What a fascinating game this hockey thing is eh? A big win on Saturday for the Bulldogs in their home opener in front of over 1100 fans. Hard fought and intense throughout, I thought the Dogs looked great. That's a peak obviously. Then what went down on Sunday. A pretty deep valley, to say the least!
You'll win some, and you'll lose some. In my opinion the most important thing is not to get too high or too low either way. It's easy to win a game, or a couple of games, and all of a sudden it seems too easy and confidence gets too high. Get over confident, don't come ready to play, and that's a recipe for losing. All of a sudden if you drop a game, it can become two or three in a hurry. Then confidence erodes, self-doubt comes in and things get over analyzed and guys get down on themselves and each other. If that happens....well two or three can become nine or ten before you know it.
Confidence, like momentum, is a fascinating and fickle thing. Very hard to earn, very hard to keep and very easy to lose. It makes all the difference when it comes to a player and in the bigger picture, the team as a whole.
It's hard to make sense of a game like the one that played out Sunday as the Bulldogs lost 7-0 to Powell River. A great back and forth first period with both teams going hard and neither side in my opinion carrying more of the play than the other. Cue the second period. I'm not sure if it's that the Dogs were at one level and the Kings were at another, and that's why the first goal went in 30 seconds into the frame. Or - if it was just one unfortunate play that happened that then resulted in the Dogs sagging and the Kings taking off. Either way, immediately after that goal it was very evident that the Kings were flying and the Dogs were a couple gears behind. The Kings pushed and had a series of good chances, with Carson Schamerhorn coming up with a handful of good stops to keep his team in it. Down to the final 10 or so seconds of a power play however, the Kings scored again and went up 2-0 and the Dogs were in serious trouble with how they reacted to the situation.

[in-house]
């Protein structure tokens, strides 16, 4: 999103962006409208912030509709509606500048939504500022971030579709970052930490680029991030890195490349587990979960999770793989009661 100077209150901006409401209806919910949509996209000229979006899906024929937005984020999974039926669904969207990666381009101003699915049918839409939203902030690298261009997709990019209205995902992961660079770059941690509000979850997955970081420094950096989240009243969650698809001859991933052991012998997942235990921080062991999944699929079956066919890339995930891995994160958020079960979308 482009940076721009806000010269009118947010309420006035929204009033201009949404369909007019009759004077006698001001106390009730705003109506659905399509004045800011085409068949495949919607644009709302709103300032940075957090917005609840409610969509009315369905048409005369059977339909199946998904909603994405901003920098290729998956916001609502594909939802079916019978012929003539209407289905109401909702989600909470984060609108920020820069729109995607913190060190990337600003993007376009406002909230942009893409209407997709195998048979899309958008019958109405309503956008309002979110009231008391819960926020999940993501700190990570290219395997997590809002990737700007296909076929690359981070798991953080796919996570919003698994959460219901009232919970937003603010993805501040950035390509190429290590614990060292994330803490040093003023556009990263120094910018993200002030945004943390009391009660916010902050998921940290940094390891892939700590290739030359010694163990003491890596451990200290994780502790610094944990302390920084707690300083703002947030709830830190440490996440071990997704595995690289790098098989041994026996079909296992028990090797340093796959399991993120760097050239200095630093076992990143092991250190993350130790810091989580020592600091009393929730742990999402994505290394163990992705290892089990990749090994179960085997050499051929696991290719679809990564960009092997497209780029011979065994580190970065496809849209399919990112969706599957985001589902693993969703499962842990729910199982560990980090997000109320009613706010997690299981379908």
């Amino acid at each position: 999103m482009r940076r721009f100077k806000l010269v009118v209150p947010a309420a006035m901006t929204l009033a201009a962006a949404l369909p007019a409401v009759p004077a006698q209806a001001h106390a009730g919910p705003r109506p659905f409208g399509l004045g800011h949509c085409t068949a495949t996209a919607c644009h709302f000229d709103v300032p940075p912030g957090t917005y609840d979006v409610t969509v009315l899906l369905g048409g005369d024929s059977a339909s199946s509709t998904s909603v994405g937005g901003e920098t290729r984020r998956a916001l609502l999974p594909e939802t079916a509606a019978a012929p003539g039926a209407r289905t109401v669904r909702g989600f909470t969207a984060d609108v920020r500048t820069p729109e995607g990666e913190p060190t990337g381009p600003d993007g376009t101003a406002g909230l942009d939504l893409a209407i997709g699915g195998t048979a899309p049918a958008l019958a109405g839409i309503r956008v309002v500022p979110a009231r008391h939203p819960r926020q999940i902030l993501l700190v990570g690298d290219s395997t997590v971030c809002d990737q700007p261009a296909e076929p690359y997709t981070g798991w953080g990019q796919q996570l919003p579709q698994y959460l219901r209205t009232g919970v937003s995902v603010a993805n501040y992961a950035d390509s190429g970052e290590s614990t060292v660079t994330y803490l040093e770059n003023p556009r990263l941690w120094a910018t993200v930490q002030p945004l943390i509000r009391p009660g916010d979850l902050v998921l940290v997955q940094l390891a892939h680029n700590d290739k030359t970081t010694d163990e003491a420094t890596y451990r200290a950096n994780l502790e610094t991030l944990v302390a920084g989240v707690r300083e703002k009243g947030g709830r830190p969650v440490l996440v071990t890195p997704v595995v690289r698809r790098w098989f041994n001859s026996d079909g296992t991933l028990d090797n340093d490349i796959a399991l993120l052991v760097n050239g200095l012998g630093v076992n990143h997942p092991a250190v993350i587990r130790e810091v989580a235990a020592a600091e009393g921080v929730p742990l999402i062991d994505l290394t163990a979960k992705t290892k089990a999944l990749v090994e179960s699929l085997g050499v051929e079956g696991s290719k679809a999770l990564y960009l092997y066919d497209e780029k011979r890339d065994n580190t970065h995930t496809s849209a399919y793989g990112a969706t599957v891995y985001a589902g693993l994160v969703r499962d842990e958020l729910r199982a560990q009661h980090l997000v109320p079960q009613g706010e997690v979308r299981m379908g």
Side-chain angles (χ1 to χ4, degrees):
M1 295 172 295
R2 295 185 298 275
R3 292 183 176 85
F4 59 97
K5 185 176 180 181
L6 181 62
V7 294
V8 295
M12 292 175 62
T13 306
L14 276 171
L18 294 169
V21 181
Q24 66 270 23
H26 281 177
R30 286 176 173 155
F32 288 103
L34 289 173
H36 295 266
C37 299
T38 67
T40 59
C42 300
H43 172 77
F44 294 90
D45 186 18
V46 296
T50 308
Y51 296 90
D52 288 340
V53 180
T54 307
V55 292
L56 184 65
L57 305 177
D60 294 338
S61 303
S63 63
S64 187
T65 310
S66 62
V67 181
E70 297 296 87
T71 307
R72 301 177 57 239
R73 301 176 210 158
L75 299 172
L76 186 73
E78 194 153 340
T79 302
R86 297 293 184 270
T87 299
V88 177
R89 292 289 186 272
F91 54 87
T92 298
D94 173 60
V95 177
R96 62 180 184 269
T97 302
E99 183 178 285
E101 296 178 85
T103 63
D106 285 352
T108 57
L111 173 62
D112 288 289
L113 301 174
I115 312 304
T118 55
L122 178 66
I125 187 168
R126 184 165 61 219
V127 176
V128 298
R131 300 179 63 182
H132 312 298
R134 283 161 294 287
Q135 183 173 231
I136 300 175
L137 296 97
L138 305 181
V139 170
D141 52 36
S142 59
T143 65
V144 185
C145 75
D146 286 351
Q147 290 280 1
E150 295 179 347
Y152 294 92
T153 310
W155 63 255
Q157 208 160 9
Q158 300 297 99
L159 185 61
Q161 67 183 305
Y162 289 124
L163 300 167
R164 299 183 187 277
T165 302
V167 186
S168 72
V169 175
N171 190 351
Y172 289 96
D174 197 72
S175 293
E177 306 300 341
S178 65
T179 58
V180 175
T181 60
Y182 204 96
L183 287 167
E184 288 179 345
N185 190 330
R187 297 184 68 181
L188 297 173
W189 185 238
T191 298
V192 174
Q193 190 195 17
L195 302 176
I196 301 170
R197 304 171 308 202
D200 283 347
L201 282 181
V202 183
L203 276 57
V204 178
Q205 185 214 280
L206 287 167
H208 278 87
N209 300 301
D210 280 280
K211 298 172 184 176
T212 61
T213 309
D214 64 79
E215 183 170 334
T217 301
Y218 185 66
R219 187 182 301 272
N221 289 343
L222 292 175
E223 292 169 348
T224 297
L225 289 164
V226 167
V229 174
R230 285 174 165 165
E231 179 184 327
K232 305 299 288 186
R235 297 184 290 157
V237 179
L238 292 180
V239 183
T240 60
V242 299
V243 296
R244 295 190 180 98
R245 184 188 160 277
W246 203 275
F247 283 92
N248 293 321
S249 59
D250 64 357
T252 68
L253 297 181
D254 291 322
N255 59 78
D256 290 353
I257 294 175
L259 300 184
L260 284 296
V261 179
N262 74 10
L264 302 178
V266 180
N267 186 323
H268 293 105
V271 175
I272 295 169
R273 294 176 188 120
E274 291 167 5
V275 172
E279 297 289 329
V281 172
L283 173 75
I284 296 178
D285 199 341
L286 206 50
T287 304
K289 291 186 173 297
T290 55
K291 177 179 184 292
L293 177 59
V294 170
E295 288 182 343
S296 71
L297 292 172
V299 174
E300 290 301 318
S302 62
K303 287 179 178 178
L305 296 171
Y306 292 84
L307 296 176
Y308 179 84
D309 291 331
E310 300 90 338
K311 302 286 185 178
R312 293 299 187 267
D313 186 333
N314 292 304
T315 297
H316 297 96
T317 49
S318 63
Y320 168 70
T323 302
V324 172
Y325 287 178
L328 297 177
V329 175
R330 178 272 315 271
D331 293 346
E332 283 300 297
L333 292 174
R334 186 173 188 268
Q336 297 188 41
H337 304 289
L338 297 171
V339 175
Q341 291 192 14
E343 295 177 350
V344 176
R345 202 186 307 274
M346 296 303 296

Consistency. What a huge word that is when it comes to the ramifications on the outcome of a game. Take your foot off the gas, find yourself not ready to play at the level and pace that the opposition is playing at, and nothing good is going to happen. It's incredibly hard to always play hard, and always push the pace and be at your best. Without question, the rewards if you do are worth it though. At the same time without question the consequences if you don't are quite painful, as the Dogs found out Sunday. Here's hoping it's a lesson learned that won't have to be learned again.
There are few things I'm certain of, but one of them I have no doubt about is that being outworked is absolutely inexcusable and won't be tolerated by the great fans in this city, or the Coaching staff. It's been said many times before including here on the blog recently - the fans here understand that you can't win them all and they don't expect their team to. With that understanding however comes the demand that you bring your work boots and your lunch bucket, and if you do go down, you go down swinging and you maybe even throw a couple punches while you are flat on your back and down for the count!
A final thought - after looking at the great video on youtube today of the first goal on home ice on Saturday night, what really stood out for me was the urgency, effort, intensity and pace that everyone on the ice in a white jersey had. These guys were inspired and ready to play and flying. Flip the page to Sunday's game through the second and third period and the Dogs looked like the Grizzlies did in the video, and the Kings looked like the Dogs did the night before.